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Personal responsibility with compassion

There’s been a lot of talk lately about student loan debt forgiveness. While I personally have tens of thousands of dollars of student loan debt and would greatly benefit from such a plan, I believe it to be the wrong one. The government first created this crisis with guaranteeing private loans and then also providing loans themselves. Subsequently in 2005 the Bankruptcy Abuse Prevention and Consumer Protection Act was passed with the help of Senator Biden, meaning that students still have to pay off their loans even if they declare bankruptcy. All of this has increased the cost of college tuition by over 497 percent from 1985 to 2017, more than twice the rate of inflation. Instead of shifting the burden from student borrowers to taxpayers as a whole (many of whom had to make the choice to either accept the loan debt or forgo college entirely) we need a systemic change.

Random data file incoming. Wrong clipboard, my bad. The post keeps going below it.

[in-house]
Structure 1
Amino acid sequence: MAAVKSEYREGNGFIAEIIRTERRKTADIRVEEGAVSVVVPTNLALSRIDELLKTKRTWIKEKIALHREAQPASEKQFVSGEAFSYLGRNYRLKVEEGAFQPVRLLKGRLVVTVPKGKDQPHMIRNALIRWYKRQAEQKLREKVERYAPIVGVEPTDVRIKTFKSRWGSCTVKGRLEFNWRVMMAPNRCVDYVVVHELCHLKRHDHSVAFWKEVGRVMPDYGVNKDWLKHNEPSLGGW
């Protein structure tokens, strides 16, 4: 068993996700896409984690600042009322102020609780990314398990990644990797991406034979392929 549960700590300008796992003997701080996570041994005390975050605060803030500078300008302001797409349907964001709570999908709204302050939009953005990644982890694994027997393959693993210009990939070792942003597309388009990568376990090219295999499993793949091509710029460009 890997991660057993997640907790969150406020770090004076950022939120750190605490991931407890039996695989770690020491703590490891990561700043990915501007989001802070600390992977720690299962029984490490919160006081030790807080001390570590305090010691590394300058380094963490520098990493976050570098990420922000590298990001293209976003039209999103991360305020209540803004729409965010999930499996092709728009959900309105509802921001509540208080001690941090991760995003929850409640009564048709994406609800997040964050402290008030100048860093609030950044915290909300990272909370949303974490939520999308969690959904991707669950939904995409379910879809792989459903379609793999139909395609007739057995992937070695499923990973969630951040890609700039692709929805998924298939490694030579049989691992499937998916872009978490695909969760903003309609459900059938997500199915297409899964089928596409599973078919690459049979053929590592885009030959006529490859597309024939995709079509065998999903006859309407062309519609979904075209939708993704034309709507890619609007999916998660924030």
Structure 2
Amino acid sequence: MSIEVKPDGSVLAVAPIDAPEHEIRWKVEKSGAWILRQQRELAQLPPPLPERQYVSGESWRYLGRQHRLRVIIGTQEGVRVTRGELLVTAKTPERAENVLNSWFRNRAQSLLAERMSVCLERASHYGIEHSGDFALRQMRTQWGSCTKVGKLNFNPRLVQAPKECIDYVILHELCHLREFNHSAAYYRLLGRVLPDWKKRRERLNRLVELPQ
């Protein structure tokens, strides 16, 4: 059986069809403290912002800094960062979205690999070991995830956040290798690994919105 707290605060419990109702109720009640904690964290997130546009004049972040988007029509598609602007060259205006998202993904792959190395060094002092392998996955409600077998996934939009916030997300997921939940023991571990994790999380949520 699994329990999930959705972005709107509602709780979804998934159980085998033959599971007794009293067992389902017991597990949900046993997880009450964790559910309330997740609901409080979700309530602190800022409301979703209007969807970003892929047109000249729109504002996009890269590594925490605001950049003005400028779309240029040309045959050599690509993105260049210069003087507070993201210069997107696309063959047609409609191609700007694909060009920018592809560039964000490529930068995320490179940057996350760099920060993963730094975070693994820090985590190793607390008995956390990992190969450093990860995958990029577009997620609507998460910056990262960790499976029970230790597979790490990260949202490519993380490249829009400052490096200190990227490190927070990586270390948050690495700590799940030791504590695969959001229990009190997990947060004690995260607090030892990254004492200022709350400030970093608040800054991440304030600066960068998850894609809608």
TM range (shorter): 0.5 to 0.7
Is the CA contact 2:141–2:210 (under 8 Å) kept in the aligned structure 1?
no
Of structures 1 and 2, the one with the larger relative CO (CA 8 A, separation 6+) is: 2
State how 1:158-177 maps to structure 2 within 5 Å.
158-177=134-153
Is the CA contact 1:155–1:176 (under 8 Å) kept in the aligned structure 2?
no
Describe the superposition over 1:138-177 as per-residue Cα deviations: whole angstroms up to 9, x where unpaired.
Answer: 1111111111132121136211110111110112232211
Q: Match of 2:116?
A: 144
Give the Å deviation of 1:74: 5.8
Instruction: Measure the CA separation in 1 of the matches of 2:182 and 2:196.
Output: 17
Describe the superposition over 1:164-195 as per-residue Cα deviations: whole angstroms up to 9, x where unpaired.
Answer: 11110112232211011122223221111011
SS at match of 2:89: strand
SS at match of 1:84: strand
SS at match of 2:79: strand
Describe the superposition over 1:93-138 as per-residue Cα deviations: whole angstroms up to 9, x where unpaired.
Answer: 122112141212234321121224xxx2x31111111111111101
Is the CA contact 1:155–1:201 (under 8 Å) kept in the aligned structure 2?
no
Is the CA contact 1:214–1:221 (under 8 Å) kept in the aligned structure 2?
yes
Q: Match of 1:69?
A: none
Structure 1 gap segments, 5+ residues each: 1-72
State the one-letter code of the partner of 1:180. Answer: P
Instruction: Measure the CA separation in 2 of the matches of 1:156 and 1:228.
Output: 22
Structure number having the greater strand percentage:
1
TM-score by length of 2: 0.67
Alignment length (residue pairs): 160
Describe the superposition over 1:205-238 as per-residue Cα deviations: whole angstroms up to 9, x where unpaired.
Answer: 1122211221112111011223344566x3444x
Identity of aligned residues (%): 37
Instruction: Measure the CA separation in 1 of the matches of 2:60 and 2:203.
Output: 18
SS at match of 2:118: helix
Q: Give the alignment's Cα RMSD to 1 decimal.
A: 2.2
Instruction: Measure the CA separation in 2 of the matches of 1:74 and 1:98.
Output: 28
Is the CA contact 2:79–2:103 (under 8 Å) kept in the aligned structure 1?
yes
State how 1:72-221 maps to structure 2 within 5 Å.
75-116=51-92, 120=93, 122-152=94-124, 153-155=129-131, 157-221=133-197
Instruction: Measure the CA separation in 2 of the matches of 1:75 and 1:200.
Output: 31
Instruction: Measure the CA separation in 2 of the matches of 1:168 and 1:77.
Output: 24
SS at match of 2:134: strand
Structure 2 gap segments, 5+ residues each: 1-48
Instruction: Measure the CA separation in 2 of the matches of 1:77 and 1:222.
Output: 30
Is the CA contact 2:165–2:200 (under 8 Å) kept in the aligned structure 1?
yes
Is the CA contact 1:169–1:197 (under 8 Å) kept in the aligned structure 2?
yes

The Department of Education needs to take a step back from making and guaranteeing loans so that lenders will have to assess the risk of the loans they’re issuing. The current option of making income-based payments should be continued as it does help students that are struggling. Lastly, student debt needs to be dischargeable in bankruptcy. All of this would be a systemic change that would reign in ballooning college costs, transfer the risk to lenders, and make sure that students choose to go to college for a reason and not “just to go.” Higher education should be for the necessary learning and training needed for your chosen field. In short, this plan balances personal responsibility with compassion for those truly drowning in debt, without unduly burdening others.

BRANDON LYON

Johnstown

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